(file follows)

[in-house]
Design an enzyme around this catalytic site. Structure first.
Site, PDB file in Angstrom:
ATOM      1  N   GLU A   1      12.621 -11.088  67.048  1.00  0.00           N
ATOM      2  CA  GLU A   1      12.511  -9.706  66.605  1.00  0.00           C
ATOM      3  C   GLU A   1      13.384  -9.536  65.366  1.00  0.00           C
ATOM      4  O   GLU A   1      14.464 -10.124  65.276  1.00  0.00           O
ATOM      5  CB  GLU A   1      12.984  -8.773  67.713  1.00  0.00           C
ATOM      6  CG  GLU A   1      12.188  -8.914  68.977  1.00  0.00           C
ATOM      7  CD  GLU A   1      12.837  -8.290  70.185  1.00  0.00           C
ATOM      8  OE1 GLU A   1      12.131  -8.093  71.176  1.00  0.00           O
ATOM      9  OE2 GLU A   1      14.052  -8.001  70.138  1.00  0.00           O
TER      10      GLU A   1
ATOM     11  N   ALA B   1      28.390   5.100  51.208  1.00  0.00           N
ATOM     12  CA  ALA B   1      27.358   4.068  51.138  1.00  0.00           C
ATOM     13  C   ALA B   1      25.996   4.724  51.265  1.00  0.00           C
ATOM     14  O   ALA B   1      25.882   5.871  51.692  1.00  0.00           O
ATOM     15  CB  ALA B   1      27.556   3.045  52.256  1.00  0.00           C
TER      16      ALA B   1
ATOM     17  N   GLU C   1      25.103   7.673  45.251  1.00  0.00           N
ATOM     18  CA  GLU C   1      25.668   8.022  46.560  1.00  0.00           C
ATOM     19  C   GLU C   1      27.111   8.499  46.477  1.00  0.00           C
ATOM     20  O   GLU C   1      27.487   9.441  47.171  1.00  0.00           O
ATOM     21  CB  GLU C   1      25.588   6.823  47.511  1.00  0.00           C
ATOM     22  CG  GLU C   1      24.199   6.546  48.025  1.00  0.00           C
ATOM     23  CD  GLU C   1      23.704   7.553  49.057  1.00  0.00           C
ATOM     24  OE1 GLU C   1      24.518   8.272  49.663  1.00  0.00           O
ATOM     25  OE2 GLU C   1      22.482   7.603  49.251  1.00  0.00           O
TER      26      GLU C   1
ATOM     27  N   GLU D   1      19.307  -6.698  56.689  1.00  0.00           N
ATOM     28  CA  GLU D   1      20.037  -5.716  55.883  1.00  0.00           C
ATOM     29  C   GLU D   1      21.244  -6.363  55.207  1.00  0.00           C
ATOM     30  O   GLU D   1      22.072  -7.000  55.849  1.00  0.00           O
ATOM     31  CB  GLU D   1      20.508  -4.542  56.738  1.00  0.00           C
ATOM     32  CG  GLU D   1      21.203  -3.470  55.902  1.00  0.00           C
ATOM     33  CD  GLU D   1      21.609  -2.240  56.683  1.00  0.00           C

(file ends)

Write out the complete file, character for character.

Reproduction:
[in-house]
Design an enzyme around this catalytic site. Structure first.
Site, PDB file in Angstrom:
ATOM      1  N   GLU A   1      12.621 -11.088  67.048  1.00  0.00           N
ATOM      2  CA  GLU A   1      12.511  -9.706  66.605  1.00  0.00           C
ATOM      3  C   GLU A   1      13.384  -9.536  65.366  1.00  0.00           C
ATOM      4  O   GLU A   1      14.464 -10.124  65.276  1.00  0.00           O
ATOM      5  CB  GLU A   1      12.984  -8.773  67.713  1.00  0.00           C
ATOM      6  CG  GLU A   1      12.188  -8.914  68.977  1.00  0.00           C
ATOM      7  CD  GLU A   1      12.837  -8.290  70.185  1.00  0.00           C
ATOM      8  OE1 GLU A   1      12.131  -8.093  71.176  1.00  0.00           O
ATOM      9  OE2 GLU A   1      14.052  -8.001  70.138  1.00  0.00           O
TER      10      GLU A   1
ATOM     11  N   ALA B   1      28.390   5.100  51.208  1.00  0.00           N
ATOM     12  CA  ALA B   1      27.358   4.068  51.138  1.00  0.00           C
ATOM     13  C   ALA B   1      25.996   4.724  51.265  1.00  0.00           C
ATOM     14  O   ALA B   1      25.882   5.871  51.692  1.00  0.00           O
ATOM     15  CB  ALA B   1      27.556   3.045  52.256  1.00  0.00           C
TER      16      ALA B   1
ATOM     17  N   GLU C   1      25.103   7.673  45.251  1.00  0.00           N
ATOM     18  CA  GLU C   1      25.668   8.022  46.560  1.00  0.00           C
ATOM     19  C   GLU C   1      27.111   8.499  46.477  1.00  0.00           C
ATOM     20  O   GLU C   1      27.487   9.441  47.171  1.00  0.00           O
ATOM     21  CB  GLU C   1      25.588   6.823  47.511  1.00  0.00           C
ATOM     22  CG  GLU C   1      24.199   6.546  48.025  1.00  0.00           C
ATOM     23  CD  GLU C   1      23.704   7.553  49.057  1.00  0.00           C
ATOM     24  OE1 GLU C   1      24.518   8.272  49.663  1.00  0.00           O
ATOM     25  OE2 GLU C   1      22.482   7.603  49.251  1.00  0.00           O
TER      26      GLU C   1
ATOM     27  N   GLU D   1      19.307  -6.698  56.689  1.00  0.00           N
ATOM     28  CA  GLU D   1      20.037  -5.716  55.883  1.00  0.00           C
ATOM     29  C   GLU D   1      21.244  -6.363  55.207  1.00  0.00           C
ATOM     30  O   GLU D   1      22.072  -7.000  55.849  1.00  0.00           O
ATOM     31  CB  GLU D   1      20.508  -4.542  56.738  1.00  0.00           C
ATOM     32  CG  GLU D   1      21.203  -3.470  55.902  1.00  0.00           C
ATOM     33  CD  GLU D   1      21.609  -2.240  56.683  1.00  0.00           C